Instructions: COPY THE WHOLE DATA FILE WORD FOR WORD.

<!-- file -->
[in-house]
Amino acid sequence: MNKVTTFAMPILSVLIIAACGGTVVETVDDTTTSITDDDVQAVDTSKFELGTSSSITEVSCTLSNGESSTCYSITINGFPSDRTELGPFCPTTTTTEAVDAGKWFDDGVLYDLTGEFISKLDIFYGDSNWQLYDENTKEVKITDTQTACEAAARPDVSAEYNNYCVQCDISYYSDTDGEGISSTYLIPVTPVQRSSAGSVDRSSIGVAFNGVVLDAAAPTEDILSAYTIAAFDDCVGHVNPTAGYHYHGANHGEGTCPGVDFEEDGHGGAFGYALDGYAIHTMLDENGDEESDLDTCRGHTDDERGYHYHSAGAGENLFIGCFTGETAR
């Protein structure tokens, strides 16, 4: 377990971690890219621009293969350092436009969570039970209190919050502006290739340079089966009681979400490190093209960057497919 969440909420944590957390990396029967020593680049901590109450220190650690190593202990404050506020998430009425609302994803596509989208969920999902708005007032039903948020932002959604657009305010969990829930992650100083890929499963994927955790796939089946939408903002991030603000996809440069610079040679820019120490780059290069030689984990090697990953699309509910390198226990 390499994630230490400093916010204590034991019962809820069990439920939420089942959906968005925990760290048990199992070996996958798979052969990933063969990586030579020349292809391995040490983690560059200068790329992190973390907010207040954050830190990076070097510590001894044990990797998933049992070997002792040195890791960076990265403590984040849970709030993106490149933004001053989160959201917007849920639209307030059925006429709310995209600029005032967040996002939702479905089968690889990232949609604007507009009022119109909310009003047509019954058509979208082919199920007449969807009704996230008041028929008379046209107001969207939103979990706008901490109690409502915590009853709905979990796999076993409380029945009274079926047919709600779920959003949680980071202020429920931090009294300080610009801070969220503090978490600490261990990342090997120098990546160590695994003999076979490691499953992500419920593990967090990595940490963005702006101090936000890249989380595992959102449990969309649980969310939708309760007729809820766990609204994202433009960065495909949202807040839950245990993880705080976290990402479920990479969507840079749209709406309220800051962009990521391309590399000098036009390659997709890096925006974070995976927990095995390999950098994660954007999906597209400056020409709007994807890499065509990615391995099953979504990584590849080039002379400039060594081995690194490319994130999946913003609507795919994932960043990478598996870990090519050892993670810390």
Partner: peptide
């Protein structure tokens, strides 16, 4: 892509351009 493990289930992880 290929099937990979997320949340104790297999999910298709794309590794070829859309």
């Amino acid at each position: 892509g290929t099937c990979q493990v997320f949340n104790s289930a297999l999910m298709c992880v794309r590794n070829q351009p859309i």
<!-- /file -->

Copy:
[in-house]
Amino acid sequence: MNKVTTFAMPILSVLIIAACGGTVVETVDDTTTSITDDDVQAVDTSKFELGTSSSITEVSCTLSNGESSTCYSITINGFPSDRTELGPFCPTTTTTEAVDAGKWFDDGVLYDLTGEFISKLDIFYGDSNWQLYDENTKEVKITDTQTACEAAARPDVSAEYNNYCVQCDISYYSDTDGEGISSTYLIPVTPVQRSSAGSVDRSSIGVAFNGVVLDAAAPTEDILSAYTIAAFDDCVGHVNPTAGYHYHGANHGEGTCPGVDFEEDGHGGAFGYALDGYAIHTMLDENGDEESDLDTCRGHTDDERGYHYHSAGAGENLFIGCFTGETAR
């Protein structure tokens, strides 16, 4: 377990971690890219621009293969350092436009969570039970209190919050502006290739340079089966009681979400490190093209960057497919 969440909420944590957390990396029967020593680049901590109450220190650690190593202990404050506020998430009425609302994803596509989208969920999902708005007032039903948020932002959604657009305010969990829930992650100083890929499963994927955790796939089946939408903002991030603000996809440069610079040679820019120490780059290069030689984990090697990953699309509910390198226990 390499994630230490400093916010204590034991019962809820069990439920939420089942959906968005925990760290048990199992070996996958798979052969990933063969990586030579020349292809391995040490983690560059200068790329992190973390907010207040954050830190990076070097510590001894044990990797998933049992070997002792040195890791960076990265403590984040849970709030993106490149933004001053989160959201917007849920639209307030059925006429709310995209600029005032967040996002939702479905089968690889990232949609604007507009009022119109909310009003047509019954058509979208082919199920007449969807009704996230008041028929008379046209107001969207939103979990706008901490109690409502915590009853709905979990796999076993409380029945009274079926047919709600779920959003949680980071202020429920931090009294300080610009801070969220503090978490600490261990990342090997120098990546160590695994003999076979490691499953992500419920593990967090990595940490963005702006101090936000890249989380595992959102449990969309649980969310939708309760007729809820766990609204994202433009960065495909949202807040839950245990993880705080976290990402479920990479969507840079749209709406309220800051962009990521391309590399000098036009390659997709890096925006974070995976927990095995390999950098994660954007999906597209400056020409709007994807890499065509990615391995099953979504990584590849080039002379400039060594081995690194490319994130999946913003609507795919994932960043990478598996870990090519050892993670810390």
Partner: peptide
């Protein structure tokens, strides 16, 4: 892509351009 493990289930992880 290929099937990979997320949340104790297999999910298709794309590794070829859309």
């Amino acid at each position: 892509g290929t099937c990979q493990v997320f949340n104790s289930a297999l999910m298709c992880v794309r590794n070829q351009p859309i």